I used the Sweat workout app for two weeks to build and maintain strength without the gym. Here are my four major takeaways

The Sweat workout app offers a range of home workouts—with and without equipment

A woman in workout gear, kneeling on an exercise mat, looking at an app on her phone
(Image credit: Getty Images)

I've been a regular gym-goer for three years now, two of which have been spent at a CrossFit box, with a focus on weight-training. When it comes to building strength and improving my fitness, I know that lifting weights is what gets me results.

However, I regularly travel, and sometimes when I'm away or busy with work I don't make it to the gym as often as I'd like. As a result, I'm trying to incorporate more home workouts into my routine. In lieu of a coach and guided workouts at the gym, I decided to try the workout app Sweat created by the personal trainer Kayla Itsines, who also posts workouts online to more than 16 million Instagram followers.

Heading on a two-week holiday without access to the gym, I put the app to the test, swapping out my regular gym-based workouts to see if bodyweight routines, with the help of some resistance bands, could be as effective as lifting weights. One benefit of using fitness apps is that they tend to be more affordable than a gym membership, with Sweat costing $19.99 a month. This includes workouts and advice from personal trainers, as well as access to meal plans and shopping lists.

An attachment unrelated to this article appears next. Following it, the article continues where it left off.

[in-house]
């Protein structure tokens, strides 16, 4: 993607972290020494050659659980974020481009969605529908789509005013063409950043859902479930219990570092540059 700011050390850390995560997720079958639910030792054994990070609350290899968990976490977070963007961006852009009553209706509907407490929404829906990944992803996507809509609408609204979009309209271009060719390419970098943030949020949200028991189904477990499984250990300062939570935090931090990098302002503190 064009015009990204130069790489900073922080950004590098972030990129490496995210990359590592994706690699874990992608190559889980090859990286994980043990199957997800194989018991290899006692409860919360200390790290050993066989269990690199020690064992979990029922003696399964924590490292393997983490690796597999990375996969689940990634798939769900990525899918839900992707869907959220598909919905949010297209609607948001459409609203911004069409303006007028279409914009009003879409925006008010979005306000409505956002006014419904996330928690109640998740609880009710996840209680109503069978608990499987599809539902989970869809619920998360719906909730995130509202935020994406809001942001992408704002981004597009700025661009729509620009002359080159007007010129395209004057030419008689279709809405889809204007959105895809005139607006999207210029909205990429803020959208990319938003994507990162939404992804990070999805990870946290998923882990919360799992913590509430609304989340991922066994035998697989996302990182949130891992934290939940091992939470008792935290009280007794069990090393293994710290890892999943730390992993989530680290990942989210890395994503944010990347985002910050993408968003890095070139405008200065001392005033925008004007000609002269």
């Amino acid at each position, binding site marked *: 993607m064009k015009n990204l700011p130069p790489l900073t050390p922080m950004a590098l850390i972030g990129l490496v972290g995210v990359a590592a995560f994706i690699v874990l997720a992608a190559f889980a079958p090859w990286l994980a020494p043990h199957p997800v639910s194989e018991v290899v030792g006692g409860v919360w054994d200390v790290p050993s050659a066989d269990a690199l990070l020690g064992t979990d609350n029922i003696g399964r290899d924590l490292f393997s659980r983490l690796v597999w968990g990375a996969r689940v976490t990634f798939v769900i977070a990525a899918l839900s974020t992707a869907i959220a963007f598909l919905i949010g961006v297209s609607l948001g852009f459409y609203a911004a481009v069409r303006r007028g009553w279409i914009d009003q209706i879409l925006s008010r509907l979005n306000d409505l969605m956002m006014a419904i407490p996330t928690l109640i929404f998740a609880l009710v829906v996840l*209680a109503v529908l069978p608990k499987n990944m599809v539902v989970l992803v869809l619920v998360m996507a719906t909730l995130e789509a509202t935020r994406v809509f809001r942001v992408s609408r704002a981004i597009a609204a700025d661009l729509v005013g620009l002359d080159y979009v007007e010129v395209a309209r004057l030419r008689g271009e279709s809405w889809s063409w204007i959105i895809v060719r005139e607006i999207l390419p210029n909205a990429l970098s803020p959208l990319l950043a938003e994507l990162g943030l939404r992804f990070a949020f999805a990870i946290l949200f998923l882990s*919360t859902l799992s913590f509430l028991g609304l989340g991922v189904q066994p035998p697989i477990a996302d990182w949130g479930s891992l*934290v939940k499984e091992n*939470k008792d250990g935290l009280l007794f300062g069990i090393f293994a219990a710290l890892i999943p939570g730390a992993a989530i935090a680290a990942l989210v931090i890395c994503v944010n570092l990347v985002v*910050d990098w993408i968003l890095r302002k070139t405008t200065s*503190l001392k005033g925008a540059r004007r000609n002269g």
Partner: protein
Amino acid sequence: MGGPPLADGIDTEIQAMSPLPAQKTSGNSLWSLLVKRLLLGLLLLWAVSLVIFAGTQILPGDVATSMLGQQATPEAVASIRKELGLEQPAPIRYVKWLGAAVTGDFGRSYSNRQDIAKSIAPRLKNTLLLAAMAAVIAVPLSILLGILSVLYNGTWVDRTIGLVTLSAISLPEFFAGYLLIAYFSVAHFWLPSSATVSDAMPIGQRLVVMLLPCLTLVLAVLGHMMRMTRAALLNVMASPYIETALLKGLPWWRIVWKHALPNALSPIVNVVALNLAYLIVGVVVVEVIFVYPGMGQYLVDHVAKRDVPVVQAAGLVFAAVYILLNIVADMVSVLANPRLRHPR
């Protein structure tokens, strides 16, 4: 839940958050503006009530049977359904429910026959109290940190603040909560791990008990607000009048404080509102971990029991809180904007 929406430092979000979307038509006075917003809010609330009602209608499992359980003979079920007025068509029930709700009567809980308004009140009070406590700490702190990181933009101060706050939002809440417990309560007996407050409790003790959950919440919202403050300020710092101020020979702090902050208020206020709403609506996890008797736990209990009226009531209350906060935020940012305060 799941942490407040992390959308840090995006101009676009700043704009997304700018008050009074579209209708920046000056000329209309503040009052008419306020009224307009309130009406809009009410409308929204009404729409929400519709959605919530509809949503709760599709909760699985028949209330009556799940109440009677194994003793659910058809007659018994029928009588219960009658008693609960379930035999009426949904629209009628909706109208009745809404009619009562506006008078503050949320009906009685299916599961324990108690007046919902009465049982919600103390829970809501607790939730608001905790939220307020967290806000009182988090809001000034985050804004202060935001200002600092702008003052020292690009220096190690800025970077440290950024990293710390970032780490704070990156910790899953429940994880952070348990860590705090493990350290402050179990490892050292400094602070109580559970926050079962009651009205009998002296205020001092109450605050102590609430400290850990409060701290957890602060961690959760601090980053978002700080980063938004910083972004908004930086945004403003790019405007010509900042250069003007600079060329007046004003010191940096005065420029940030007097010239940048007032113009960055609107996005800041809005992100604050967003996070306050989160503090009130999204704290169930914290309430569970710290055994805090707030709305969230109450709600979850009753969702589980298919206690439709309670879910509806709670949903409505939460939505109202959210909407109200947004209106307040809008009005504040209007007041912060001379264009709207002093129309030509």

There are a range of programmes and workouts available on the app, including Pilates, yoga, barre, cardio and options for people who are pregnant or post-natal. I set up my profile choosing three fitness goals: build muscle, get fitter and get stronger.

I was then presented with a number of workouts, many of which were Pilates and barre-style, while some were focussed on HIIT and strength. I was hoping to use the app three or four times a week, doing a range of bodyweight workouts that were designed to build strength.